So you may recall that IA GOP SEN nominee Joni Ernst abruptly bagged on editorial board meetings with the Des Moines Register (she also declined meetings with the Cedar Rapids Gazette and the Dubuque Telegraph-Herald), citing, variously, scheduling conflicts and godless liberal media bias. The Register unsurprisingly went on to endorse Bruce Braley on Sunday. To Team Ernst, of course, this “proves” the Register was biased against their champion, which ignores the rather inconvenient fact that the paper endorsed her over a large field in the GOP primary.

The Daily Beast‘s Ben Jacobs, who’s been covering this race extensively, has the most plausible explanation of Ernst’s rope-a-dope behavior with the media:

Ernst had long been scheduled to meet Thursday with the editorial board of The Des Moines Register, the biggest and most influential paper in Iowa. The meeting would have included the paper’s publisher, its editor, editorial board as well as various columnists and reporters—all of whom would have been able to ask questions of Ernst. It would all be recorded and live-streamed on the Internet as well. But then, Wednesday night, her campaign suddenly said the candidate would not be able to attend and that the meeting was canceled.

The result came as a shock. One source familiar with The Des Moines Register’s editorial process told The Daily Beast that this type of cancellation was unprecedented. In doing so, Gretchen Hamel, a spokesperson for the Ernst campaign, said that the paper was biased. “Recent editorials in The Des Moines Register make their position in this race perfectly clear, and it’s one that many voters across our state seem to disagree with,” said Hamel in a statement. Hamel added the campaign was still “trying to schedule” meetings with other editorial boards as well.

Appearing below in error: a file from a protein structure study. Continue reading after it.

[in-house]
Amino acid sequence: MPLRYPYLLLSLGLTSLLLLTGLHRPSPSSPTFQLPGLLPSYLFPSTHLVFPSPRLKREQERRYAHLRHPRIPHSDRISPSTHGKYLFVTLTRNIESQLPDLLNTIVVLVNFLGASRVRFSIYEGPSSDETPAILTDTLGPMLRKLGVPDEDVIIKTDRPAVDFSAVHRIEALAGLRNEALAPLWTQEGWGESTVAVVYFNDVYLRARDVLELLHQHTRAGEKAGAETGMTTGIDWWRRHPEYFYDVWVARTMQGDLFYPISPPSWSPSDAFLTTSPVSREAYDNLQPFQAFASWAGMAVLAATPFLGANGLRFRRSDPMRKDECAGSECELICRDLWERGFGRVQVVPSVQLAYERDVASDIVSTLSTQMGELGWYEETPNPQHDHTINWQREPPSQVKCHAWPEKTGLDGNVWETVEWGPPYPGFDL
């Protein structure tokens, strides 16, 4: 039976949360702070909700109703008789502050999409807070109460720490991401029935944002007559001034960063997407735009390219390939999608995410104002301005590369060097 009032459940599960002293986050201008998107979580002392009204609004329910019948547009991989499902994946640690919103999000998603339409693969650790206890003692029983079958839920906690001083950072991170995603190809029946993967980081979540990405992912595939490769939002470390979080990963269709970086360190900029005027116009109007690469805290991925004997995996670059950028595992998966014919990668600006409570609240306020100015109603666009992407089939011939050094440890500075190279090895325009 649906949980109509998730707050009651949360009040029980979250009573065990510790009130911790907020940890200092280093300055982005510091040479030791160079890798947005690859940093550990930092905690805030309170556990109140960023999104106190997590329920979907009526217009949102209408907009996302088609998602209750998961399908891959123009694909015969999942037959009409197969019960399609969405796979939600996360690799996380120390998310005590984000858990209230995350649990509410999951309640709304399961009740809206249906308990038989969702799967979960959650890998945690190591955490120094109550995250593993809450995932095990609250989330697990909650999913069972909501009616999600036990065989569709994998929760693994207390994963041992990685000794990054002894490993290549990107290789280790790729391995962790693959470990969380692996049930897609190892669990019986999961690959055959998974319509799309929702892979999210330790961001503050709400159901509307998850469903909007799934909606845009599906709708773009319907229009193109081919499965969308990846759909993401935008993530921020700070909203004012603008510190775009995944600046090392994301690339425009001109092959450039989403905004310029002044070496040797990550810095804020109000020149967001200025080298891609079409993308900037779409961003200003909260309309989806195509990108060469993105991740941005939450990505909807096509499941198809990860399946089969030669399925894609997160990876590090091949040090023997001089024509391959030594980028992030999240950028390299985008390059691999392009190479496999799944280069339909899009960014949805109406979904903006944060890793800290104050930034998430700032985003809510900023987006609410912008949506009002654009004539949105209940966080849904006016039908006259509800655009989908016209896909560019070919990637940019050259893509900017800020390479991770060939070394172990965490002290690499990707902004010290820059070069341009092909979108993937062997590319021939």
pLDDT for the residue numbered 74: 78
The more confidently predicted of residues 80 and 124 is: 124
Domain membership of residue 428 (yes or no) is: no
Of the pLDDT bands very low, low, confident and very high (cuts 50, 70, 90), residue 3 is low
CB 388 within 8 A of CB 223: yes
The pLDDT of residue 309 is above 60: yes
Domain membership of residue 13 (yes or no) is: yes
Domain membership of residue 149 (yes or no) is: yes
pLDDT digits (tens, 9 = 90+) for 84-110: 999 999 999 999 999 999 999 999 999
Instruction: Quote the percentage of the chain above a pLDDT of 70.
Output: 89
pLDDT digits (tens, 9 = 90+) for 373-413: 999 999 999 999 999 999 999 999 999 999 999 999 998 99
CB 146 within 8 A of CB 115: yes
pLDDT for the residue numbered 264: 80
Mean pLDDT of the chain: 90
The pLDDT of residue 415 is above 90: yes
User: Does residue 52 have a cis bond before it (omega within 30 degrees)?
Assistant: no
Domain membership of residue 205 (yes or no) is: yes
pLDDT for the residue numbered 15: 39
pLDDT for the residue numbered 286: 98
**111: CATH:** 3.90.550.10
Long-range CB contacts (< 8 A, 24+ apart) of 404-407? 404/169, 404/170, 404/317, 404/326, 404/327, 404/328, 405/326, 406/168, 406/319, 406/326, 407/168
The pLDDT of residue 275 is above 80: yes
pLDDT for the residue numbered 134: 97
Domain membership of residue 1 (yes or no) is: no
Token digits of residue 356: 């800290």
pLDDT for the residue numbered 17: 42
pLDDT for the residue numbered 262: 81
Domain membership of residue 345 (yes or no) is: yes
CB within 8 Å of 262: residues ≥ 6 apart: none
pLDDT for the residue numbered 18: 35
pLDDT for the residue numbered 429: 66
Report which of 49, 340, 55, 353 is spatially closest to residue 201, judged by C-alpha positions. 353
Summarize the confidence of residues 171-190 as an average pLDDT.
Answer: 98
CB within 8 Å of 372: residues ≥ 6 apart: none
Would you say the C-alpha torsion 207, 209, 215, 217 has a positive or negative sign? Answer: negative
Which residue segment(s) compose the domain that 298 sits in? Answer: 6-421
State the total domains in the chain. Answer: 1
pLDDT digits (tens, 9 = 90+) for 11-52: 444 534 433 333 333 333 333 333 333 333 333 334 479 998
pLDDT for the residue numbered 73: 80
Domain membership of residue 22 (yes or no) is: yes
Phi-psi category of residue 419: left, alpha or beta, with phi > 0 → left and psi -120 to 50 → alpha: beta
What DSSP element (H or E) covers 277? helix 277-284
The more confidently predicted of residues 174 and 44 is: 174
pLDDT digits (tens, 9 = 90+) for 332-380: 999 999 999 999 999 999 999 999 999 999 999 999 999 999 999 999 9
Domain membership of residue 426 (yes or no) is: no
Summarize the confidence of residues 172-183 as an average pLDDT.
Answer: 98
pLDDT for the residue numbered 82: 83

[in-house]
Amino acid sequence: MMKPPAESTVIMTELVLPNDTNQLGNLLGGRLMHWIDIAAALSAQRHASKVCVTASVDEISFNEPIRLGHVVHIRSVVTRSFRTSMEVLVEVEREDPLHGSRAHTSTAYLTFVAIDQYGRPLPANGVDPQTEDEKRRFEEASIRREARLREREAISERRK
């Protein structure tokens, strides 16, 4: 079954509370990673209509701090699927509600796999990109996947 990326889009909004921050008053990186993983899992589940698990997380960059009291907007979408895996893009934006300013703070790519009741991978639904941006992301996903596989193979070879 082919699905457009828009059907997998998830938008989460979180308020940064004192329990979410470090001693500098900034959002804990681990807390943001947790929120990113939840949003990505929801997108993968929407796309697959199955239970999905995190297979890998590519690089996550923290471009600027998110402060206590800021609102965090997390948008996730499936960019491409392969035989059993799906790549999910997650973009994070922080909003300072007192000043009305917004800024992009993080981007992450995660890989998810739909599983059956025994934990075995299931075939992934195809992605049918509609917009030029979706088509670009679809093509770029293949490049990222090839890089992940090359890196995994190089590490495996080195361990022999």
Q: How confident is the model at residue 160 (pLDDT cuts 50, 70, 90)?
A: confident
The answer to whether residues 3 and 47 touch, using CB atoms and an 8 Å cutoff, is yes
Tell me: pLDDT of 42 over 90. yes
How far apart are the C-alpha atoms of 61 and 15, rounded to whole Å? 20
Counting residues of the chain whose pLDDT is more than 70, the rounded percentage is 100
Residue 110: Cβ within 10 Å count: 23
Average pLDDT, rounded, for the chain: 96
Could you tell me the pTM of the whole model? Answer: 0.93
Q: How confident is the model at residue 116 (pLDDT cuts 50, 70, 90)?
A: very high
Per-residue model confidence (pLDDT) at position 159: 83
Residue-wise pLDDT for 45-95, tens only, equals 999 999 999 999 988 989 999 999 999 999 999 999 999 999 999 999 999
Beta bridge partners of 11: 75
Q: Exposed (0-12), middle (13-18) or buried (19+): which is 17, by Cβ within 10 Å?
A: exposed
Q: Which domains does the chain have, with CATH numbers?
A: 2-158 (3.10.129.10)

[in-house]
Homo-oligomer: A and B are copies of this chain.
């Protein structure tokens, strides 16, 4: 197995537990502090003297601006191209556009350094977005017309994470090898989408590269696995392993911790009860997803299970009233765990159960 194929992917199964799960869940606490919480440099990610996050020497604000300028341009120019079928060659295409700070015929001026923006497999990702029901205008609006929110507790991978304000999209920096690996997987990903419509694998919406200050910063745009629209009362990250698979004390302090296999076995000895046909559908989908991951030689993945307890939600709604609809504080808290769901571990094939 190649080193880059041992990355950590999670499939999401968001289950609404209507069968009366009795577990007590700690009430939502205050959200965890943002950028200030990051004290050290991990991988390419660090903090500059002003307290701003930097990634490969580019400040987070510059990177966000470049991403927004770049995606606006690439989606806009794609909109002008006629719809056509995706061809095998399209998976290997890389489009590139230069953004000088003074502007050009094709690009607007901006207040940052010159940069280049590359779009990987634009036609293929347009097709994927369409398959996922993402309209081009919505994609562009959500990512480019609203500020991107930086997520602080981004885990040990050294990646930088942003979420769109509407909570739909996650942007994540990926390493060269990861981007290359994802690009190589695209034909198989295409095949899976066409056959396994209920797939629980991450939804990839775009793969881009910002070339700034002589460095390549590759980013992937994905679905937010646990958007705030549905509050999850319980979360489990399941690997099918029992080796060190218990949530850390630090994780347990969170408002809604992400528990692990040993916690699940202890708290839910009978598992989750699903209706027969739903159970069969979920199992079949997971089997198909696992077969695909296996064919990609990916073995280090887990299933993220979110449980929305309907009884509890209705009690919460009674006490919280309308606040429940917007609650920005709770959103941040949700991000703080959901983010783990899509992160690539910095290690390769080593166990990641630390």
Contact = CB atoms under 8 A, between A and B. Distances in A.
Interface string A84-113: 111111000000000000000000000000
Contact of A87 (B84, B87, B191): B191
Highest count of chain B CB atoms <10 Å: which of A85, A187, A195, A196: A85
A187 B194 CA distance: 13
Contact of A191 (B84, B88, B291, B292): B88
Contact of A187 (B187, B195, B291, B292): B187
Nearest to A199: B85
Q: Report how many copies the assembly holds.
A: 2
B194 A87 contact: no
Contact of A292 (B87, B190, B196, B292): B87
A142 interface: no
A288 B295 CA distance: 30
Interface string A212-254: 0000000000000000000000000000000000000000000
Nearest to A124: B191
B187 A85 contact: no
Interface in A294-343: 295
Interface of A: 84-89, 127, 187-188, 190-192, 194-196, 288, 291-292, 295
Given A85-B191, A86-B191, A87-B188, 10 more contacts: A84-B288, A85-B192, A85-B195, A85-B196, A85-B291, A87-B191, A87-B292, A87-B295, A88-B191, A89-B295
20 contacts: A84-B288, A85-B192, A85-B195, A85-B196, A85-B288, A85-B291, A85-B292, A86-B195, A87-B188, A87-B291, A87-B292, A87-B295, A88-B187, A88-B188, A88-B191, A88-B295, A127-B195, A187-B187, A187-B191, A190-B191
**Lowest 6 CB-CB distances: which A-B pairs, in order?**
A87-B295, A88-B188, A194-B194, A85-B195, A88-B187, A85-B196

Outside observers though found it mystifying that Ernst shunned the Register’s editorial board. While the Republican had been the subject of several negative editorials in recent weeks, knowledgeable Democratic operatives were convinced that she was still likely to get the Register’s endorsement. Further, Iowa Democrats have often griped about the perception that Ernst gets far more favorable news coverage from the Register than Braley. So why would she skip a meeting?

The best explanation is that her campaign was afraid that she would make another controversial statement. During her one meeting with an editorial board during the general election—the Sioux City Journal’s on Oct. 15—Ernst came out in favor of a constitutional amendment to ban abortion. Further, when she met with the Register’s editorial board before her primary (in which the panel eventually endorsed her), Ernst insisted that Iraq actually had weapons of mass destruction in 2003.

Jacobs thinks Ernst is really screwing up here, because avoiding local media (more influential in Iowa than in most states) contradicts her “Iowa nice” persona. He may well be right, but it’s reasonably clear Ernst’s campaign is trying to change the rules in Iowa, making her hyper-conservative ideology a matter of just plain common sense, and the Register‘s bland centrism (it endorsed Mitt Romney in the 2012 presidential general election) crazy extremist liberalism.

From a more tactical point of view, Greg Sargent is undoubtedly right about Team Ernst’s calculation:

Can Joni Ernst run out the clock before her actual positions catch up with her, and eke out a victory through fundamentals, nostalgia-tinged appeals to conservative rural voters, and a deftly spun tale of clashing personalities that positions her as the true representative of “sturdy Iowa folk virtues“?

We’ll know in eight days.

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Ed Kilgore is a political columnist for New York and managing editor at the Democratic Strategist website. He was a contributing writer at the Washington Monthly from January 2012 until November 2015, and was the principal contributor to the Political Animal blog.